My flatmate's boyfriend, going through his Soc.ialist phase, once told us that she and I were "pretentious middle class do-gooders under the delusion we were saving the world". And I suppose we were. I still believe we did some good work, but we made the wrong decision sometimes, and the kids that I failed will always haunt me.
I went back to Uni then got an office job. It took a while to adjust into the corporate world. I felt that my previous work was so important, while chatting about clothes with my young colleagues and making sales targets were just so not. I had held a woman's hand while she signed away her child, I had a baby die in my arms, I felt children wrap themselves so tightly around me they almost cut off my breath as I took them from their homes while burly police officers held back angry parents or tried to rouse drugged ones. I met mothers who sacrificed their children for the love of a man. I met children whose mothers did despicable things and/or allowed despicable things to be done to them. Plenty of women can get pregnant and give birth to babies, but that does not necessarily make them a mother. Some, like Donna, have the ability to be a mother but not the skills.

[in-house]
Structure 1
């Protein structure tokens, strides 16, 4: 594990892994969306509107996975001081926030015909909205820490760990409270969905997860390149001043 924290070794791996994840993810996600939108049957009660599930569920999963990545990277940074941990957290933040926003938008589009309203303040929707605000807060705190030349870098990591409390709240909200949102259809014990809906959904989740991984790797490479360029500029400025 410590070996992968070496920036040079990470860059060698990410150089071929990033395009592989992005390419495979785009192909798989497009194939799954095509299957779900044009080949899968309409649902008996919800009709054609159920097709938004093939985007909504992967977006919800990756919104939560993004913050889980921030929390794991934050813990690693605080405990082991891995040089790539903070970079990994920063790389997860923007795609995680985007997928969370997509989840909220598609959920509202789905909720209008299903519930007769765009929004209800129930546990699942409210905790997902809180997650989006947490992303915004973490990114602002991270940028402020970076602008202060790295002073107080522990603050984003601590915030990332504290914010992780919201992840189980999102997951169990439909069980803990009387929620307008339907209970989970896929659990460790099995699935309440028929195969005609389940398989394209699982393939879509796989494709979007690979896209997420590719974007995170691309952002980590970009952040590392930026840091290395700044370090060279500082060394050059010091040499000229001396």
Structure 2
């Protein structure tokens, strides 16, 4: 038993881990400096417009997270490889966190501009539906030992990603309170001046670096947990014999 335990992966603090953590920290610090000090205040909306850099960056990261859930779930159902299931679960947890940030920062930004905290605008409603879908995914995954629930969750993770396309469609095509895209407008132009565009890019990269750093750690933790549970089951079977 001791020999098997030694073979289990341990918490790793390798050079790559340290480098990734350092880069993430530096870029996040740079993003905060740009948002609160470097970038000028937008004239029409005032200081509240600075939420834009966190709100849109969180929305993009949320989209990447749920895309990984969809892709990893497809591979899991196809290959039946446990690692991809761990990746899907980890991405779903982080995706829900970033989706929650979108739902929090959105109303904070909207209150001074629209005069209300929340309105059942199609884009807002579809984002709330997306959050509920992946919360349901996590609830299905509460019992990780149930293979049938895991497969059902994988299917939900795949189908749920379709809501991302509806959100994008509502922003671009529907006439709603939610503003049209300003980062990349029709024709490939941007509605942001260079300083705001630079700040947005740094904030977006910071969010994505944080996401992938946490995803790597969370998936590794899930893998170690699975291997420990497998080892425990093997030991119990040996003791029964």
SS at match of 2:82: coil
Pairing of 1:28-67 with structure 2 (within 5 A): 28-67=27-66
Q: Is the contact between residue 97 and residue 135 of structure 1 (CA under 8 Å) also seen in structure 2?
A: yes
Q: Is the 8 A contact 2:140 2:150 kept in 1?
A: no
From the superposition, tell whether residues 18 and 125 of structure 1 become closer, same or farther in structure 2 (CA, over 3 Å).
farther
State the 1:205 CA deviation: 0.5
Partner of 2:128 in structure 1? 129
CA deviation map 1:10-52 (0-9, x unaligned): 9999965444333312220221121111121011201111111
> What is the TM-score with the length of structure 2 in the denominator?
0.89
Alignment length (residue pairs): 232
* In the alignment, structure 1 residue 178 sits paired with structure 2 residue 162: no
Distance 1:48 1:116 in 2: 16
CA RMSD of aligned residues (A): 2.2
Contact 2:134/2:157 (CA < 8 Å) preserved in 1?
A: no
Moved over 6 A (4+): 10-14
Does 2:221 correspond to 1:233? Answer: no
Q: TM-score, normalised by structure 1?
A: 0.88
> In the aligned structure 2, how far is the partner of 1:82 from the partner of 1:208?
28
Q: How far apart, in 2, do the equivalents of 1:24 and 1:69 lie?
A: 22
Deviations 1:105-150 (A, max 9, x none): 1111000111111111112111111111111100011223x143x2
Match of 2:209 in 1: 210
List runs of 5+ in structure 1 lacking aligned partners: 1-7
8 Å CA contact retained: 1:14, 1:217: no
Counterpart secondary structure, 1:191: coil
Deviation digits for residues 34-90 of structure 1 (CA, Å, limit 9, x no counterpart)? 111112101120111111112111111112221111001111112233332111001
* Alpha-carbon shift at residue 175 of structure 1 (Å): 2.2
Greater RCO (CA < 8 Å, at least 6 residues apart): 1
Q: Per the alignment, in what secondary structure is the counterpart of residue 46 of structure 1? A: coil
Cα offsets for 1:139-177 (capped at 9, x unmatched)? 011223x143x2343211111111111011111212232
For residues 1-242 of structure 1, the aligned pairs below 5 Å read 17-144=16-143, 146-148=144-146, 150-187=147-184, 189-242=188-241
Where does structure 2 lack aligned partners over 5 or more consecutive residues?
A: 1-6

I must say that at the same time, I also met women who risked their lives, were stabbed or had their jaws smashed with a baseball bat, trying to protect their children. I'm more familiar with this kind of mother now.
It seems I have always played mother to other people's children. Next week (eeek!) I will find out if I will ever be a 'real' mother myself. I am oscillating between being grateful that at least I have had these experiences, to utter despair that these periods of 'playing mother' is the closest I will ever get.